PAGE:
We thank the participants, families and referring providers (see Supplementary Table 1) for their contribution. We are very grateful to Richard S. Frackowiak for his valuable comments and edits on the manuscript. We acknowledge Stéphanie Selmoni, Nathalie Isidor and Ana Machado for their contribution in the recruitment of the participants as well as Guillaume Sierro and Melody Laser for their help scanning the participants. This work was supported by the Leenaards Foundation Prize (SJ, AR and NH), a Swiss National Science Foundation (SNSF) Sinergia grant CRIS FN CRSII33-133044 (AR, SJ), and the Simons Foundation Autism Research Initiative SFARI274424 (AR) the European Union Seventh Framework Programme (FP7/2007-2013) under grant agreement no. 604102. BD was supported by the SNSF (NCCR Synapsy, project grant Nr 320030_135679 and SPUM 33CM30_140332/1), Foundation Parkinson Switzerland, Foundation Synapsis, Novartis Foundation for medical–biological research and Deutsche Forschungsgemeinschaft (Kfo 247). LREN is supported by the Roger de Spoelberch and the Partridge Foundations. SJ was supported by a professorship grant from the SNSF PP00P3_144902/2. KM is a grantee of a scholarship from the Swiss Scientific Exchange NMS Program and MZ by a fellowship from the doctoral school of the Faculty of Biology and Medicine, University of Lausanne. The funders had no role in study design, data collection and analysis, decision to publish or preparation of the manuscript. Participants were scanned at the ‘Centre d’Imagerie BioMédicale’ (CIBM) which is a research initiative of the following partners: University of Lausanne, Swiss Federal Institute of Technology Lausanne, University of Geneva, Centre Hospitalier Universitaire Vaudois, Hôpitaux Universitaires de Genève and the Leenaards and the Jeantet Foundations. We thank the participants and their families for their contribution. 16p11.2 European Consortium contributing members: M-C Addor, Service of Medical Genetics, Centre Hospitalier Universitaire Vaudois, Lausanne University, Lausanne. J Andrieux, Institut de Génétique Médicale, Hopital Jeanne de Flandre, Lille. B Arveiler, Univ. Bordeaux, Maladies Rares: Génétique et Métabolisme, Service de Génétique Médicale, CHU-Bordeaux, Bordeaux. G Baujat, Centre de Référence Département de Génétique, Hôpital Necker-Enfants malades, Paris. F Béna, Service of Genetic Medicine, University Hospitals of Geneva, Geneva. D Bonneau, Service de génétique médicale, CHU-Angers, Angers. S Bouquillon, Institut de Génétique Médicale, Hopital Jeanne de Flandre, Lille. O Boute, Hôpital Jeanne de Flandre, CHRU de Lille, Lille. A Brusco, University of Torino, Department of Medical Sciences, Turin. D Campion, Service de psychiatrie, Centre hospitalier de Rouvray, Sotteville lès Rouen. A David, Service de Génétique Médicale, CHU-Nantes, Nantes. M-A Delrue, Univ. Bordeaux, Maladies Rares: Génétique et Métabolisme, Service de Génétique Médicale, CHU-Bordeaux, Bordeaux. M Doco-Fenzy, Service de Génétique, CHU, EA3801 SFR-CAP Santé Reims. C Fagerberg, Department of Clinical Genetics, Odense University Hospital, Odense. L Faivre, Hôpital d'Enfants, CHU Dijon. F Forzano, SSD Genetica Medica, EO Ospedali Galliera, Genova. D Giachino, Genetica Medica, Azienda Ospedaliera Universitaria San Luigi Gonzaga Orbassano, Torino. A Guichet, Service de génétique médicale, CHU-Angers. O Guillin, Service de psychiatrie, Centre hospitalier de Rouvray, Sotteville lès Rouen. D Héron, Département de Génétique, Hôpital Pitié-Salpêtrière, Université Pierre et Marie Curie, Paris. B Isidor, Service de Génétique Médicale, CHU-Nantes, Nantes. A Jacquette, Département de Génétique, groupe hospitalier Pitié-Salpétrière, Paris. H Journel, Génétique médicale, Centre Hospitalier Bretagne Atlantique, Vannes. B Keren, Département de Génétique Cytogénétique et Embryologie AP-HP, Hôpital Pitié-Salpêtrière, Université Pierre et Marie Curie, Paris. D Lacombe, Univ. Bordeaux, Maladies Rares: Génétique et Métabolisme, Service de Génétique Médicale, CHU-Bordeaux, Bordeaux. C Le Caignec, Service de Génétique Médicale, CHU Nantes, Nantes. M-P Lemaître, Service de Neuropédiatrie, Centre Hospitalier Régional Universitaire, Lille. J Lespinasse, Service génétique médicale, CH Chambéry. G Mandrile, Genetica Medica, Azienda Ospedaliera Universitaria San Luigi Gonzaga Orbassano, Torino. M Mathieu-Dramard, Service de Génétique Clinique, CHU Amiens, Amiens. C Mignot, Service de Génétique Clinique, CHU La Pitié Salpêtrière, France; Service de Neuropédiatrie, APHP, Hôpital Armand Trousseau. F Petit, Hopital Jeanne de Flandre, CHRU de Lille, Lille. G Plessis, Service de Génétique, CHU Clémenceau, Caen. F Prieur, Service de génétique médicale, CHU St Etienne C Rooryck, Univ. Bordeaux, Maladies Rares: Génétique et Métabolisme, Service de Génétique Médicale, CHU-Bordeaux, Bordeaux. D Sanlaville, Service de Cytogénétique Constitutionnelle, Hospices Civils de Lyon, CHU de Lyon and Centre de Recherche en Neuroscience de Lyon, Lyon. MM Van Haelst, Department of Medical Genetics, University Medical Center, Utrecht. L Van Maldergem, Centre de Génétique humaine, CHU-Besançon.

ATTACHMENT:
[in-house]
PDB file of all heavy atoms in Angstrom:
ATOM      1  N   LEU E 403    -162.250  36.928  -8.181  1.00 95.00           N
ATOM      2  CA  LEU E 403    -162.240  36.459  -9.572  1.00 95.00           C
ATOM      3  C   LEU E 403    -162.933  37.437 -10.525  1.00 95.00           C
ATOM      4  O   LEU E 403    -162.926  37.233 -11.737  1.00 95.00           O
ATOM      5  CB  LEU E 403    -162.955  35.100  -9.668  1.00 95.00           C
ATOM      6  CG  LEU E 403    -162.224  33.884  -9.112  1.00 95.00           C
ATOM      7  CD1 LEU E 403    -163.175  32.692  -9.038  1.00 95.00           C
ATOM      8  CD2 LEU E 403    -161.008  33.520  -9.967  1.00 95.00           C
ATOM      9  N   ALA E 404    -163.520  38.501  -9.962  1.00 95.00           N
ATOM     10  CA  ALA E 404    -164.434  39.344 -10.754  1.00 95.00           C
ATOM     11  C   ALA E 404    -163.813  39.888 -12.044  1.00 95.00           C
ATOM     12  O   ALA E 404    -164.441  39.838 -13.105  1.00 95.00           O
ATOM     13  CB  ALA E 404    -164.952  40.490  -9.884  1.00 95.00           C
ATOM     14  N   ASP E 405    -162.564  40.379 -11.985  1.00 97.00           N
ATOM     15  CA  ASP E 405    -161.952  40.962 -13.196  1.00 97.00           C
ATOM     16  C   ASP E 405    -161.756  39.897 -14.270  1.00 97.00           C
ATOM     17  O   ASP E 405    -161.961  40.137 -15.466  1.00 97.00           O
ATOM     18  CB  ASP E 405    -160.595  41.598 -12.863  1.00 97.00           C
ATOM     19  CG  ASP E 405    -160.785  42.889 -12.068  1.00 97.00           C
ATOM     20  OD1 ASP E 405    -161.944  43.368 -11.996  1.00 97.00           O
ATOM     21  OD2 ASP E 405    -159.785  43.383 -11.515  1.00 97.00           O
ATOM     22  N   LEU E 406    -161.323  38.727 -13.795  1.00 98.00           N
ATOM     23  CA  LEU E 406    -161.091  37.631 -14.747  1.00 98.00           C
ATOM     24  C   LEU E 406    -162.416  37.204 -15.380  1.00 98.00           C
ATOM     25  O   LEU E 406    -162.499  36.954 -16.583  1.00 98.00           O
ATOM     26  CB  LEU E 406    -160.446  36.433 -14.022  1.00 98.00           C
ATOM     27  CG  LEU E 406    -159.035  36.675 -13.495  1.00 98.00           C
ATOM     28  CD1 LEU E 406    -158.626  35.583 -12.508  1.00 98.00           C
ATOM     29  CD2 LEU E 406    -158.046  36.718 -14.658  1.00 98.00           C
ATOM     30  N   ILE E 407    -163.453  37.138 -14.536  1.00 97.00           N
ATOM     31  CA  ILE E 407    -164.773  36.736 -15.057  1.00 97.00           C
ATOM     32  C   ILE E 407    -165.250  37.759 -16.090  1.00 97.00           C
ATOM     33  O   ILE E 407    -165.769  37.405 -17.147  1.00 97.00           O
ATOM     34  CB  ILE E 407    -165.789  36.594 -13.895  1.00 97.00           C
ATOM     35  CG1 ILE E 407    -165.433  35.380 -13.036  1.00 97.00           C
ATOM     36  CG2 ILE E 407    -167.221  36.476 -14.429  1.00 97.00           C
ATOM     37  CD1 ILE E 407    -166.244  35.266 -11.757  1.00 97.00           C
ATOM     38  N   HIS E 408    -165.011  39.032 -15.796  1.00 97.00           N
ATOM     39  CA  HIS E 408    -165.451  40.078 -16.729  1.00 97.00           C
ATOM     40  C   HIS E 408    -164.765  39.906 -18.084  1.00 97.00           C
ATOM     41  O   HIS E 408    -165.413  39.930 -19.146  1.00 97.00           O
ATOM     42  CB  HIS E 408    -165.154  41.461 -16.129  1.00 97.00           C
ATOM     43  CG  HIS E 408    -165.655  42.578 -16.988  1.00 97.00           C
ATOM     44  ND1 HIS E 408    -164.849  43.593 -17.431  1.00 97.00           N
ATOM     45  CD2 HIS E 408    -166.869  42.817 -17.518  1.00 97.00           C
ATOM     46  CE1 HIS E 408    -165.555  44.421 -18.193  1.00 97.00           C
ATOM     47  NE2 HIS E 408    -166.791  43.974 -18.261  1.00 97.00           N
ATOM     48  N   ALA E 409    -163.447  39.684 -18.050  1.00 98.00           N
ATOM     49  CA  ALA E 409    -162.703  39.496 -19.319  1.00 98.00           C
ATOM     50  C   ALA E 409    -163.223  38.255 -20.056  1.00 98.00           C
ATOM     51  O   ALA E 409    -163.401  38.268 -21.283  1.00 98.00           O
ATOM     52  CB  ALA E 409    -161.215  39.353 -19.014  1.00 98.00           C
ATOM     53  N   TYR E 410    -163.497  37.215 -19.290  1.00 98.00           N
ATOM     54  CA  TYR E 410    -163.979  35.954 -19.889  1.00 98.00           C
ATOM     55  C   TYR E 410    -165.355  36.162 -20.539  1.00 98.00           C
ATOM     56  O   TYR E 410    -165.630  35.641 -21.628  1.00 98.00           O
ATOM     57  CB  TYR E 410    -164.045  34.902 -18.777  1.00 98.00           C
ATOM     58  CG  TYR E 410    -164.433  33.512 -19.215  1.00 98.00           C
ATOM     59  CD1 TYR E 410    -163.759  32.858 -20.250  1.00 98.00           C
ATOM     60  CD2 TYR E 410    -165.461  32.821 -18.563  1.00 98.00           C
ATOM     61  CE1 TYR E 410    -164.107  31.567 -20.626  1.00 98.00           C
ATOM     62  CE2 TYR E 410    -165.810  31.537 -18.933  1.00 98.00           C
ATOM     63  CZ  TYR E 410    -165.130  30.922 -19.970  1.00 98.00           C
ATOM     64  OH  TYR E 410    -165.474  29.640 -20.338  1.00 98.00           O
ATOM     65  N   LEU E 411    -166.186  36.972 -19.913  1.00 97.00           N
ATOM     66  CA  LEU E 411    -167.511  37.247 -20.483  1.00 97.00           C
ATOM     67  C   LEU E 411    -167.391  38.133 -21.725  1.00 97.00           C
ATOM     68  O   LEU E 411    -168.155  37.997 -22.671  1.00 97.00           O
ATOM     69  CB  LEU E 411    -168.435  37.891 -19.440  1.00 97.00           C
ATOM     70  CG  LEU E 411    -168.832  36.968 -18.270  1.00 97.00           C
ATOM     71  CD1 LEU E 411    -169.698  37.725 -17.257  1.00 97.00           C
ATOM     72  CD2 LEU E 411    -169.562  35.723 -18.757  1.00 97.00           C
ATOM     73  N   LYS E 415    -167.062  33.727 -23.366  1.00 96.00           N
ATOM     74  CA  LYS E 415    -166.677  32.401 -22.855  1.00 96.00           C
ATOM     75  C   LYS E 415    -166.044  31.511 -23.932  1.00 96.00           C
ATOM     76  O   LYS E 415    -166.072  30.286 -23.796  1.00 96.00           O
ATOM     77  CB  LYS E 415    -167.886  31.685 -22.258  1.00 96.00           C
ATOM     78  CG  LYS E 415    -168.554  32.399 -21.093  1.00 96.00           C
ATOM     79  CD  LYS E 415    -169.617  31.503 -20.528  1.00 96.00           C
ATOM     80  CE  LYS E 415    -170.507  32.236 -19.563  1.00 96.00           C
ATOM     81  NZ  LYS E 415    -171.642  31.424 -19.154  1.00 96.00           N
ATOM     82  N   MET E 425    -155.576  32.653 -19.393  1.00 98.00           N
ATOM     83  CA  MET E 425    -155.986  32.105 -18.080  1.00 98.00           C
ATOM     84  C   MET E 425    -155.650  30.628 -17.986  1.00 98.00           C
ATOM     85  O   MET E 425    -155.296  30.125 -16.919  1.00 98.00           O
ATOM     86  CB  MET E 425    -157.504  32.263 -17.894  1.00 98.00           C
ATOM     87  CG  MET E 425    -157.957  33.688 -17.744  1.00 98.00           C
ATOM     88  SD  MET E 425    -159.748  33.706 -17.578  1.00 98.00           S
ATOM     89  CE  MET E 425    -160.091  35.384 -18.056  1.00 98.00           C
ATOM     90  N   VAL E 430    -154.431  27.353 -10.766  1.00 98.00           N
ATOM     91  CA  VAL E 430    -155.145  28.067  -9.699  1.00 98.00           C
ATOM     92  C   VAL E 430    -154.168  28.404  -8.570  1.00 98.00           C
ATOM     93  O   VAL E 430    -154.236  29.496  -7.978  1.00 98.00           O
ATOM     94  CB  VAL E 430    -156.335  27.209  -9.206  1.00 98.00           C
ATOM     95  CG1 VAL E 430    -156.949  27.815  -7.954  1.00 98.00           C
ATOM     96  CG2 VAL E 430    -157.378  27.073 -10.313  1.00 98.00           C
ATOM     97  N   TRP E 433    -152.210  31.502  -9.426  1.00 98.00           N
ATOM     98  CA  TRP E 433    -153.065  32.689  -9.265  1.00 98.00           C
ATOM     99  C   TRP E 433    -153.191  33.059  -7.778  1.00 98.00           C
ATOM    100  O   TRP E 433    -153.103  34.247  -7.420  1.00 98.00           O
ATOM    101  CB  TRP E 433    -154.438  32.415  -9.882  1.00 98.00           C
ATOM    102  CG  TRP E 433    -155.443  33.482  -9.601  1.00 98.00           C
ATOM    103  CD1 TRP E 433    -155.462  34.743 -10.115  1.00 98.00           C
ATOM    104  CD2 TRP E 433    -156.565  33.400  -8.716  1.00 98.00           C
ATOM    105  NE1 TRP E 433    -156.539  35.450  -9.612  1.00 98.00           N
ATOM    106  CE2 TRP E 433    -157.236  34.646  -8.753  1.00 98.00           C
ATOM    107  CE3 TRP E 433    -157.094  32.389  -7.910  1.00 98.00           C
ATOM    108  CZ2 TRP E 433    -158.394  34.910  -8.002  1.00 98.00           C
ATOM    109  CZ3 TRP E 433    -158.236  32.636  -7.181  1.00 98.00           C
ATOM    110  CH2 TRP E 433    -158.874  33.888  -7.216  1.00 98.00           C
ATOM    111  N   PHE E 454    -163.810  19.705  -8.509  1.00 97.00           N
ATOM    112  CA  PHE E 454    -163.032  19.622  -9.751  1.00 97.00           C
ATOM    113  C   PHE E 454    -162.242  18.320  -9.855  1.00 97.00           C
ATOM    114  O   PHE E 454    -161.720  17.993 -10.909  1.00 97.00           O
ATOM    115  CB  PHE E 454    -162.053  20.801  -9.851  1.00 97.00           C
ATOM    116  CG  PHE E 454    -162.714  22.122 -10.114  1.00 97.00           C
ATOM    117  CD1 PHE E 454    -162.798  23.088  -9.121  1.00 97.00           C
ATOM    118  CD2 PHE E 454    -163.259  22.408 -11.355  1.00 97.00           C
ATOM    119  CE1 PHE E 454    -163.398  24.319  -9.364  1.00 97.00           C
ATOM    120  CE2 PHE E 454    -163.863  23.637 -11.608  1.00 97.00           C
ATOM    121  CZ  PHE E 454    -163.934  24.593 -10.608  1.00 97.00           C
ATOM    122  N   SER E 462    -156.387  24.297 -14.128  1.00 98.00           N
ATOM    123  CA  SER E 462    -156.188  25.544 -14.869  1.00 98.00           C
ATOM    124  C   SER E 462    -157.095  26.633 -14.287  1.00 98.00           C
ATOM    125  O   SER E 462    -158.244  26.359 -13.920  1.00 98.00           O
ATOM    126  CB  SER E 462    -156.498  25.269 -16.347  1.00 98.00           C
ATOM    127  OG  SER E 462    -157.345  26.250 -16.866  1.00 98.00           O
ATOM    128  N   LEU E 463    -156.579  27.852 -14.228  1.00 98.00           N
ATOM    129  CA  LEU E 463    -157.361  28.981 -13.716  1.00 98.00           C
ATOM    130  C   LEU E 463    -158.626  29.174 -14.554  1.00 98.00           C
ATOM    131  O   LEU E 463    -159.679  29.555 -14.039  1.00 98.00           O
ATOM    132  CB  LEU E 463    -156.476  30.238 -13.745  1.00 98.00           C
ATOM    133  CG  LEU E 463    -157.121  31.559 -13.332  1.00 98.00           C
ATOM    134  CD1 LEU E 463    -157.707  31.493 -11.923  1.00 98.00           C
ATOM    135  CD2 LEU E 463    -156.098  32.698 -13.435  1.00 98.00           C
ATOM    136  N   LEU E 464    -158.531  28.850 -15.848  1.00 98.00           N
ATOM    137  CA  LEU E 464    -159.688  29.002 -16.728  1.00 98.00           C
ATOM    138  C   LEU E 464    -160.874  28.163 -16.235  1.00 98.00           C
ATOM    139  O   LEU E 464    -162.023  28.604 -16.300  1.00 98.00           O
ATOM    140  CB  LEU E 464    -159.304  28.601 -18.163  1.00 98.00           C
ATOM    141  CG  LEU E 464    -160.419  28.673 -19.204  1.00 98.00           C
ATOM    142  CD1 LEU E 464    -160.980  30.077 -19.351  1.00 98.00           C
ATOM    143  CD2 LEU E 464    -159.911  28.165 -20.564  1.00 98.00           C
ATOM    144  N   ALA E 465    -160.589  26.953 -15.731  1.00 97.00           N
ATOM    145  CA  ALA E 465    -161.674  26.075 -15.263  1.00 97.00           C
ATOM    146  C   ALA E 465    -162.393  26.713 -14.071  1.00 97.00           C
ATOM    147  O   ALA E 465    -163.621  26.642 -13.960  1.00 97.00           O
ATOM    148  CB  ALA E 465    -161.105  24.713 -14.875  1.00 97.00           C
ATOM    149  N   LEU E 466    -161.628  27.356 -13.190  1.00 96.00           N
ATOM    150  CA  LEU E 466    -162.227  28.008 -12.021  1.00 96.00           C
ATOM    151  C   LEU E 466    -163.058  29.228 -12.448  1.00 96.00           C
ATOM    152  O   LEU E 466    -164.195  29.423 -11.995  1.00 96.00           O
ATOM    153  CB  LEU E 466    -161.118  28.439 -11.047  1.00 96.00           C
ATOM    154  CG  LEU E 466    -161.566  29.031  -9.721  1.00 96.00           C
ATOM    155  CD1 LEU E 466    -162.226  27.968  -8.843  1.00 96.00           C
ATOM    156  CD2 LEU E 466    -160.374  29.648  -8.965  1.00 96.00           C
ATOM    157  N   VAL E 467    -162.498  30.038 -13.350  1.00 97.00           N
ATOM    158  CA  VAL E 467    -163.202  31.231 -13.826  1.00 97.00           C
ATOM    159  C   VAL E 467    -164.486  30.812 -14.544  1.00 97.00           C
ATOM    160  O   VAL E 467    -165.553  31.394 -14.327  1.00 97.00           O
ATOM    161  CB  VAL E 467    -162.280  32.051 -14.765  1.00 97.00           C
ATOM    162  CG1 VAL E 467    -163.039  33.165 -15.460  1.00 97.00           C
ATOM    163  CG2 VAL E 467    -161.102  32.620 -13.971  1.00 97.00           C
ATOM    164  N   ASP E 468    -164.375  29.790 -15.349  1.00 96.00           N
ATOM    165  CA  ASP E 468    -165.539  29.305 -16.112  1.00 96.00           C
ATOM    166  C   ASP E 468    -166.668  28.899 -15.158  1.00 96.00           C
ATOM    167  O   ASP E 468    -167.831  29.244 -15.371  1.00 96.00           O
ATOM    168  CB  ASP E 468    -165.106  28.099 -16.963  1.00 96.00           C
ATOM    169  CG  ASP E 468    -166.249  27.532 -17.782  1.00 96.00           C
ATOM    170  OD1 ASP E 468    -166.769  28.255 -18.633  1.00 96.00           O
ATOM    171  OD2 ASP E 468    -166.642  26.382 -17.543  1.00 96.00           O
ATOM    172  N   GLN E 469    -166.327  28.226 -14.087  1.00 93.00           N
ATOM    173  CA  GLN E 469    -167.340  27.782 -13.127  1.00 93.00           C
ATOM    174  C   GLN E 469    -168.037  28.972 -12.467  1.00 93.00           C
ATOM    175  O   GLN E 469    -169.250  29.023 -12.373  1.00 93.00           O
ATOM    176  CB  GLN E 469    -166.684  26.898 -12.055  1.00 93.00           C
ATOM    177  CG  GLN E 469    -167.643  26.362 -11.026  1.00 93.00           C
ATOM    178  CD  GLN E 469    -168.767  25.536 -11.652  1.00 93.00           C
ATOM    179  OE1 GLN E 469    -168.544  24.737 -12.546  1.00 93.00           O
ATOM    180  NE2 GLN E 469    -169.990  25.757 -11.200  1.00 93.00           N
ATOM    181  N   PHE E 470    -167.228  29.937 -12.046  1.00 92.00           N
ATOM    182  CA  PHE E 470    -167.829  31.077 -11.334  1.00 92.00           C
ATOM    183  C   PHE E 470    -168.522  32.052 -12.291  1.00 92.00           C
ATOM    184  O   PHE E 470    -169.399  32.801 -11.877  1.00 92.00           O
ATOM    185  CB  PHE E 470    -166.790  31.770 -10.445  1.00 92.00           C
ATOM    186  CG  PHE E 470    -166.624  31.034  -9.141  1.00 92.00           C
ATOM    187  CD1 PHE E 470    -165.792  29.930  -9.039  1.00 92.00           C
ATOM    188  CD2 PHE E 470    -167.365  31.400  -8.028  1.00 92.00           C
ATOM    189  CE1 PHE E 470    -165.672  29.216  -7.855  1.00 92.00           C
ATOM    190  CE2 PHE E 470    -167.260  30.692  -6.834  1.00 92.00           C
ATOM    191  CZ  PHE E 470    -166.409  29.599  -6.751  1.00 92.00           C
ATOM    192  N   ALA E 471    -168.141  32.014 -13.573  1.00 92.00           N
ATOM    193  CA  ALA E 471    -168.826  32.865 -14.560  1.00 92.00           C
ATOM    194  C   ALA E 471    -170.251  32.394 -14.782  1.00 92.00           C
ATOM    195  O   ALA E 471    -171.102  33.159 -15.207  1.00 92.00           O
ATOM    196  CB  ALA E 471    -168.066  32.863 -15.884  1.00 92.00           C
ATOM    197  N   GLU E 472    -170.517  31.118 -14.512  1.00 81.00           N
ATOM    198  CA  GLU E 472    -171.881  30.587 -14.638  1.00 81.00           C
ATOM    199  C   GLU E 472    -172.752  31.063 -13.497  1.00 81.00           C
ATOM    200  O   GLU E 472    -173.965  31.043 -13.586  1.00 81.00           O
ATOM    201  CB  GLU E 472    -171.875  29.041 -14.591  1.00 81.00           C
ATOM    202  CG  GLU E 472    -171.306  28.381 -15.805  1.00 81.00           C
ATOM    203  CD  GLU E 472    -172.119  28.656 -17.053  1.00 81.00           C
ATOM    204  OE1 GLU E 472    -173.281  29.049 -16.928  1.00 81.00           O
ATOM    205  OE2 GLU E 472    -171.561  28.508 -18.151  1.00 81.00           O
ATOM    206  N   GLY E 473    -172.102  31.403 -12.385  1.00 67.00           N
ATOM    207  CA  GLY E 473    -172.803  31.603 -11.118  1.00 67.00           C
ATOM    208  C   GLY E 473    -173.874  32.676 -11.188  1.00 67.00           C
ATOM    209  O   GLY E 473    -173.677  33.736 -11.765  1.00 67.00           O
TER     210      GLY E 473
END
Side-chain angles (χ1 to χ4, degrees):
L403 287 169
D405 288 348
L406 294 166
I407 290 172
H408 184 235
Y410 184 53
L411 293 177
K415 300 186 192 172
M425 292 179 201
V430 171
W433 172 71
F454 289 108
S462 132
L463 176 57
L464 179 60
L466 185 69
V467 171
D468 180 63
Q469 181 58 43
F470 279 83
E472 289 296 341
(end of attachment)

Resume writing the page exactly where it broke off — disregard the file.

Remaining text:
About this article
Supplementary Information accompanies the paper on the Molecular Psychiatry website (http://www.nature.com/mp)
Autism Research (2019)